This floating castle appears to be from an enchanted fable, but in actuality it is Europe's best preserved Renaissance water castle.
Built with brickwork befitting its Industrial Age beginnings, the Whitworth Art Gallery contains a collection totalling 60,000 objects of fine art, modern and contemporary art, textiles, prints, and sculpture. Established in 1889, the Whitworth has steadily transformed itself over the decades to remain one of England’s preeminent art galleries.
The gallery was originally opened as the Whitworth Institute and Park, named after Sir Joseph Whitworth, a British engineer and inventor known for developing the Whitworth Rifle. Upon his death in 1887, part of Whitworth’s fortune was used to fund the establishment of the gallery along with donations from sixty prominent Manchester investors.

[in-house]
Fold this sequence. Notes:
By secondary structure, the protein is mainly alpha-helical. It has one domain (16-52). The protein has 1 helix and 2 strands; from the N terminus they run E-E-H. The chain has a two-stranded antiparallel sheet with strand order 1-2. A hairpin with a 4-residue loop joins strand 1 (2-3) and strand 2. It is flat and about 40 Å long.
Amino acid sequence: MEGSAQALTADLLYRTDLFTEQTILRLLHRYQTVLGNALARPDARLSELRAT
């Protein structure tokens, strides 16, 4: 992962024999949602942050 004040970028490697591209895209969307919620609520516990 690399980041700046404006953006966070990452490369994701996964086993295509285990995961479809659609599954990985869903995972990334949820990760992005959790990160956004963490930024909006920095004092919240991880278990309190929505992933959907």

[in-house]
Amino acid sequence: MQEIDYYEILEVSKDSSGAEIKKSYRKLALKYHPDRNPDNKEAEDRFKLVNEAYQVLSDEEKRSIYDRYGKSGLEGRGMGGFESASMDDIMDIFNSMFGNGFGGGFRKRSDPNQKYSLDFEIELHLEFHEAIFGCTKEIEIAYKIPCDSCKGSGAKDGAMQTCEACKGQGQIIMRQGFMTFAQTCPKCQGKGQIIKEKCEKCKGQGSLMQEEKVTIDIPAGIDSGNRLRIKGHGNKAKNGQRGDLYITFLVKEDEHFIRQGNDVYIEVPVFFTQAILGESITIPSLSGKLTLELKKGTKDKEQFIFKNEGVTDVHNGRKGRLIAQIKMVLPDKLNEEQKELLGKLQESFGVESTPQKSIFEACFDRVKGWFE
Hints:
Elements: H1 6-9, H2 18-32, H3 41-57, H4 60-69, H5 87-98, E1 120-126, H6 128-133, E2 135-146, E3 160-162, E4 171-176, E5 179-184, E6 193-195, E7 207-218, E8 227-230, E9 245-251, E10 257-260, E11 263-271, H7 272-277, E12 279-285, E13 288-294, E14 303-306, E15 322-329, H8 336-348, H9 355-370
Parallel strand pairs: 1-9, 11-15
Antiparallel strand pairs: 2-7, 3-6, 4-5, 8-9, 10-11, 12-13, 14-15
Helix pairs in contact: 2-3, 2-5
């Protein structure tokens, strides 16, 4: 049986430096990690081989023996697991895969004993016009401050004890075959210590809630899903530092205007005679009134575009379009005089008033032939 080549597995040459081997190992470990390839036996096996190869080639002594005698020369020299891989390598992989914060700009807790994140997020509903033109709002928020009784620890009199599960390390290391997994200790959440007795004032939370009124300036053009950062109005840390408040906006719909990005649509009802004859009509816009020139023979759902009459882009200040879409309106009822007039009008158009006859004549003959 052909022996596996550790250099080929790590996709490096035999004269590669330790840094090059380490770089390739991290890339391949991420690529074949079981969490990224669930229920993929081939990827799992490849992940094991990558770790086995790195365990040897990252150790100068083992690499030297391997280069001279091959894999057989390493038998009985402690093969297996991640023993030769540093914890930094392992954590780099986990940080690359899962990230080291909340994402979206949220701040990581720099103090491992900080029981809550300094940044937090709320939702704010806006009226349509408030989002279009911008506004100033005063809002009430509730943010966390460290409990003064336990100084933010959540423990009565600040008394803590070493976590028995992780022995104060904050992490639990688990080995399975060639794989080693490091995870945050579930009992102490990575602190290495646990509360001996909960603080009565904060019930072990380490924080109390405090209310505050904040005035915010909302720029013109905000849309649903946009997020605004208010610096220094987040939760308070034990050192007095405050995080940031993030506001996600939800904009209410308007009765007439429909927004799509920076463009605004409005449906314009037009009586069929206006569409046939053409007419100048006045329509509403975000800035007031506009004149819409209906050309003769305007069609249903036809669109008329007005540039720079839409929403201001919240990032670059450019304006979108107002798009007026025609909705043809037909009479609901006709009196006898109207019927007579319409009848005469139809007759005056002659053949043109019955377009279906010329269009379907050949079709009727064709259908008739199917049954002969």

At the time of the gallery’s opening, Manchester was a hotbed of industrialization and led the world in manufacturing. This industrialization influenced the Whitworth’s early art acquisitions with collections consisting of British watercolors and world textiles. These textiles were even selected to inspire Manchester cloth makers.
During the 20th century, the Whitworth continued to acquire artwork, but in 2003 an unexpected theft took place. Three paintings – a Van Gogh, a Picasso, and a Gauguin – were stolen from the gallery. Luckily the artwork was later discovered in a nearby public bathroom and safely returned to the exhibition.
In 2015, the Whitworth underwent a £15 million redevelopment and expansion. Inspired by the gallery’s early days and Manchester’s manufacturing roots, the architects designed a blend of British bricks to create its facade’s brickwork pattern to reflect the historic textiles found in its art collection.
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